U.S. President Barack Obama is in London, where he will meet with British Prime Minister David Cameron and be honored by Queen Elizabeth at a state dinner Tuesday. The president left Dublin half a day early because of ash drifting from a volcano in Iceland.
President Obama arrived in London late Monday night, instead of Tuesday morning as had been planned. As a result, he and first lady Michelle Obama spent their first night in the British capital at the home of the U.S. ambassador to the United Kingdom. They will stay at Buckingham Palace Tuesday night, as scheduled.
This is not President Obama's first visit to Britain, but it is his first formal state visit here. Britain's Queen Elizabeth will hold a state dinner in the president's honor.
Obama will meet with British Prime Minister David Cameron on Tuesday. They will certainly discuss economic issues as they both prepare for the Group of 8 economic summit, later in the week in France.
Security issues will also be a major focus for the two leaders. The British Charge d'Affaires in the United States, Philip Barton, recently told a forum at The Heritage Foundation, a Washington-based research group, Obama and Cameron will concentrate on the changes in the Middle East and North Africa.
“They will be talking about the situation in Afghanistan and Pakistan. I am sure they will also discuss how best we can work together to respond to the Arab Spring and support countries like Egypt and Tunisia as they go through transition,” said Barton.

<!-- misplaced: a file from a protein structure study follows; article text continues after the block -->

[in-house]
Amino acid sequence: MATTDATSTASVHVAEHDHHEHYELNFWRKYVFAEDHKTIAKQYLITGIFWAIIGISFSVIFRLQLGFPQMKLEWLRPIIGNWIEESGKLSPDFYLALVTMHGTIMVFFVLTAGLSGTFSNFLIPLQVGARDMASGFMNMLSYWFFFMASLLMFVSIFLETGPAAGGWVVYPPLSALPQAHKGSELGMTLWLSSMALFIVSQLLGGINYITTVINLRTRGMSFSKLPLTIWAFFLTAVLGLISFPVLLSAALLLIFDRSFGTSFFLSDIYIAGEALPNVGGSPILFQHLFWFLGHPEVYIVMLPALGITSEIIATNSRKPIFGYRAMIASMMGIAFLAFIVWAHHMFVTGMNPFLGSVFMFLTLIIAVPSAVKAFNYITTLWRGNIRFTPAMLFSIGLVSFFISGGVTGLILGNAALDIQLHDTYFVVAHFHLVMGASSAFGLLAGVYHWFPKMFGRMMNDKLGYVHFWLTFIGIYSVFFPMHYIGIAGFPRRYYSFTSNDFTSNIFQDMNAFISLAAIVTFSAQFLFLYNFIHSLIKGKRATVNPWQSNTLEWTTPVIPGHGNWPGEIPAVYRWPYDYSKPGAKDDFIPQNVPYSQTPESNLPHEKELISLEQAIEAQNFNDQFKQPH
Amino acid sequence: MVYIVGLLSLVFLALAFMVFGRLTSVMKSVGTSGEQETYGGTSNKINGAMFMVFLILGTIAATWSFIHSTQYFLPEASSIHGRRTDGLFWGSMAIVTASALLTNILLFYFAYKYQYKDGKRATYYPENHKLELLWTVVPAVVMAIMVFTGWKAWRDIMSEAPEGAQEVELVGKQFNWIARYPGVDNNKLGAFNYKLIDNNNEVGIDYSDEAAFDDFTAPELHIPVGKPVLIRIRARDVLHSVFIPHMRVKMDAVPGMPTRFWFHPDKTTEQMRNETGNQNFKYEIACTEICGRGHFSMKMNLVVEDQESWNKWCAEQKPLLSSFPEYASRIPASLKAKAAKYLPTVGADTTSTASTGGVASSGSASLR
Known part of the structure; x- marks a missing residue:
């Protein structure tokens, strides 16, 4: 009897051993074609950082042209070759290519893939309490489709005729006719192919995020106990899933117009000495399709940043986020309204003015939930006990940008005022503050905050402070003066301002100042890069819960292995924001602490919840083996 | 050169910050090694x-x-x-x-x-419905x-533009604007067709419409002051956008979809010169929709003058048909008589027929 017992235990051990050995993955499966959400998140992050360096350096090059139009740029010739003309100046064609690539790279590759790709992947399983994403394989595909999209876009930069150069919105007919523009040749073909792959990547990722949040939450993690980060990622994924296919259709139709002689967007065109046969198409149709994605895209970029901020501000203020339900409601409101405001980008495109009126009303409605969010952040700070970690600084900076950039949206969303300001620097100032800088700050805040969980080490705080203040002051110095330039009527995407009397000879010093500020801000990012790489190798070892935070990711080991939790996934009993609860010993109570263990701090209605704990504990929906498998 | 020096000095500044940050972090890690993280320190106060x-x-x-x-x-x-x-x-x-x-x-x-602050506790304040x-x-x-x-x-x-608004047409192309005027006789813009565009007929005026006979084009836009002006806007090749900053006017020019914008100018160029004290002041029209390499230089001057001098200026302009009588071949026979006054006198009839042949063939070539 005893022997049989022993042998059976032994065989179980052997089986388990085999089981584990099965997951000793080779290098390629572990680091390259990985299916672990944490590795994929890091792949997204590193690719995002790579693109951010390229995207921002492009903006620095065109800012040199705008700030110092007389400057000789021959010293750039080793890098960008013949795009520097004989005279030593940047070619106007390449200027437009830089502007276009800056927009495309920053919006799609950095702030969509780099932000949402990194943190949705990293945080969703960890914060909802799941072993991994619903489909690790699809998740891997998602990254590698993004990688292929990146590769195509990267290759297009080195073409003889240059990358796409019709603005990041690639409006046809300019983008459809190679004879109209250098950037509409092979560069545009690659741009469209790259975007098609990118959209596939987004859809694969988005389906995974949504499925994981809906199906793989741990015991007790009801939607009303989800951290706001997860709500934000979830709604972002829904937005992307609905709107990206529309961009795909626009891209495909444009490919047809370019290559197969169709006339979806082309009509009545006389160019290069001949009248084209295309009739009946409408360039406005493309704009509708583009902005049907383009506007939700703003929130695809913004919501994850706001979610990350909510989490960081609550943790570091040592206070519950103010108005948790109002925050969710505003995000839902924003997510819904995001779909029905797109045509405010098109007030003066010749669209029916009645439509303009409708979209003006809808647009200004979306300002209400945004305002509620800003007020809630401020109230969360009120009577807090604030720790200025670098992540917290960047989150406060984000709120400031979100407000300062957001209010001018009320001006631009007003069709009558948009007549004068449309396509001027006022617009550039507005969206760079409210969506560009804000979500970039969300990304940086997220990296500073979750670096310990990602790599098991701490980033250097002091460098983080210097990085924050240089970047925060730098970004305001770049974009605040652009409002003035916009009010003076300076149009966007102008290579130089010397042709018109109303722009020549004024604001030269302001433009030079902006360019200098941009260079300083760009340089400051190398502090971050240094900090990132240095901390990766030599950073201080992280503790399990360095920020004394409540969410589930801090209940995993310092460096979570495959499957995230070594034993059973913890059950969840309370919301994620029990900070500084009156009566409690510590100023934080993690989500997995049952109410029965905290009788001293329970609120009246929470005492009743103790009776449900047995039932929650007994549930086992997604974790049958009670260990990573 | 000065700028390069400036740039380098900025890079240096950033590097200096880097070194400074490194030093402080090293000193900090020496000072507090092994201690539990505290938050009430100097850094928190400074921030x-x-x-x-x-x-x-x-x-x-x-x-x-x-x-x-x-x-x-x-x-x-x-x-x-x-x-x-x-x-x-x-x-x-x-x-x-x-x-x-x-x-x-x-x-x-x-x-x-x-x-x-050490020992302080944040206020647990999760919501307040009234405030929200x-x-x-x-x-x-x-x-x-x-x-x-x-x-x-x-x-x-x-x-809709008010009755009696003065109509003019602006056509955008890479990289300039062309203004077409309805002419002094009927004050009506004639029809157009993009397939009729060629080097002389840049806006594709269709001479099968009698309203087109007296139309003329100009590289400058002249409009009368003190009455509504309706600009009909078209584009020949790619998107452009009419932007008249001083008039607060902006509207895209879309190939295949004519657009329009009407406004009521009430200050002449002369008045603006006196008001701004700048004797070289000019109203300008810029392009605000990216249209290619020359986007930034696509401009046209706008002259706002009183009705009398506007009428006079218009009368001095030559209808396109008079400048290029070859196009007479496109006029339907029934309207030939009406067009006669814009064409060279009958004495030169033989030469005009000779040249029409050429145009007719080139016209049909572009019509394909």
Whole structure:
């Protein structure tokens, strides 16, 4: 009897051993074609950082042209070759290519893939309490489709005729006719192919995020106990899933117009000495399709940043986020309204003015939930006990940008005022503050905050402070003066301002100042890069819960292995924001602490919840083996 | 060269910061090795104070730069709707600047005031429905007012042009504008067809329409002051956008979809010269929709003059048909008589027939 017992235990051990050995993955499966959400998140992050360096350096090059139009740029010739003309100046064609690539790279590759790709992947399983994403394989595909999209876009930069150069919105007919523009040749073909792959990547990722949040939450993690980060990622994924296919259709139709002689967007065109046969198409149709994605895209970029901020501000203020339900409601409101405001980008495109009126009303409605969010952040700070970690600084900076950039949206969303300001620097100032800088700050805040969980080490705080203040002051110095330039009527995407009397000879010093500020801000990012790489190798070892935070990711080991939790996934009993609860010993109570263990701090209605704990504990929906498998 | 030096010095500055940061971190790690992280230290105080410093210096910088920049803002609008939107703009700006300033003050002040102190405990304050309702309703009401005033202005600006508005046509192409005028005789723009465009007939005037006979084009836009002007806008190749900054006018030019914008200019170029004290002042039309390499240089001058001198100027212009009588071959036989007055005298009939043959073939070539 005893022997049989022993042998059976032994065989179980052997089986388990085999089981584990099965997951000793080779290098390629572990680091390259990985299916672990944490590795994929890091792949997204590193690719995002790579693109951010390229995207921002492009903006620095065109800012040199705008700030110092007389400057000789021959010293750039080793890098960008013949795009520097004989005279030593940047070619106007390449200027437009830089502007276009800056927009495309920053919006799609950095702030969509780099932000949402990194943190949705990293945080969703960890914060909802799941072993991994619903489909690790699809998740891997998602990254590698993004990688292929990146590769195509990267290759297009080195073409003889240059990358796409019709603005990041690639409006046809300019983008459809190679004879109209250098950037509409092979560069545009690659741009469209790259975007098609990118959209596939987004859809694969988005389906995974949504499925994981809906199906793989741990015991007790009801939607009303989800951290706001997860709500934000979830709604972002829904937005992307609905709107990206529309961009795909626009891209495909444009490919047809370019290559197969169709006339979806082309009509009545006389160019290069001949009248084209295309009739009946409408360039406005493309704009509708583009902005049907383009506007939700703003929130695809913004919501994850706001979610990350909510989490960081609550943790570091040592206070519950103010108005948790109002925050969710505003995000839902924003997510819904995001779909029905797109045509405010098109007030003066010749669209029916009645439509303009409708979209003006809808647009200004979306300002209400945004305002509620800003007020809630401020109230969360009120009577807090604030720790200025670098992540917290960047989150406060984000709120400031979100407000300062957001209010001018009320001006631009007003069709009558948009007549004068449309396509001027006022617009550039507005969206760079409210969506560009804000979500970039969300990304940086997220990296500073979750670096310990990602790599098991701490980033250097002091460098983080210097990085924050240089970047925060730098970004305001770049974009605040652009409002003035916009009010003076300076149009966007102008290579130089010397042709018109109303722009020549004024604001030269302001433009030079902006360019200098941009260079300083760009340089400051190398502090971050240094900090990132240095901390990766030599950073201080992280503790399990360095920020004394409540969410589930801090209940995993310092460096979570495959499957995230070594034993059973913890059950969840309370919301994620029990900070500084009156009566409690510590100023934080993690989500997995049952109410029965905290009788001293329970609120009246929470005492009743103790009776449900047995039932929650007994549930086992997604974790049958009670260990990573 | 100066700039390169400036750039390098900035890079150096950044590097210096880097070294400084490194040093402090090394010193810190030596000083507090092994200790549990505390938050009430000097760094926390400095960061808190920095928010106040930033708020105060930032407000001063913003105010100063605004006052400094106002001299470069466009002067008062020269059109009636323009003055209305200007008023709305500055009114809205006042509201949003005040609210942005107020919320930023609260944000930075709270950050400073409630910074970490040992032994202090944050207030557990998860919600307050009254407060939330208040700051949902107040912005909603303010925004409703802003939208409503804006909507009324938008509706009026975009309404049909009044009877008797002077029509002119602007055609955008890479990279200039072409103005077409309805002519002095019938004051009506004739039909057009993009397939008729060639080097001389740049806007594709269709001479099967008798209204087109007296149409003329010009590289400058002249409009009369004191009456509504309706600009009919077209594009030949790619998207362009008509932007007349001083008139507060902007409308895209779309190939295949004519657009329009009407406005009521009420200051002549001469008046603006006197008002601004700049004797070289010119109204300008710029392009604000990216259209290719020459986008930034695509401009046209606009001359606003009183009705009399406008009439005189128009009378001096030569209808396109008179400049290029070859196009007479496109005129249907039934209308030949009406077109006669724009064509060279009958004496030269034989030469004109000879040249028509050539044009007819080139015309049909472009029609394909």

In addition to Mr. Cameron, President Obama will meet with Britain's opposition leader, Ed Miliband, and he will speak to both houses of Parliament.
It is widely believed that another priority for Obama in this visit is to bolster the U.S.-British relationship, itself. What the late British prime minister Winston Churchill dubbed the “special relationship” has shown some signs of neglect in recent years.
Obama's first press secretary, Robert Gibbs, declined to describe it as a “special relationship,” but rather as a “partnership.” And, administration statements referring to the energy company BP by its former name, British Petroleum, during the Gulf of Mexico oil spill angered some people in Britain.
However, the British Charge d'Affaires, Philip Barton, says the bond between Britain and America remains as strong as ever.
“For the United Kingdom, the United States is our closest ally," said Barton. "So the state visit has both symbolic and substantive importance.”
A column in Tuesday's Times of London, under Obama's and Cameron's bylines, proclaims that the relationship is not just special, but essential.
The importance of that longtime alliance will be on very conspicuous display in the British capital this week.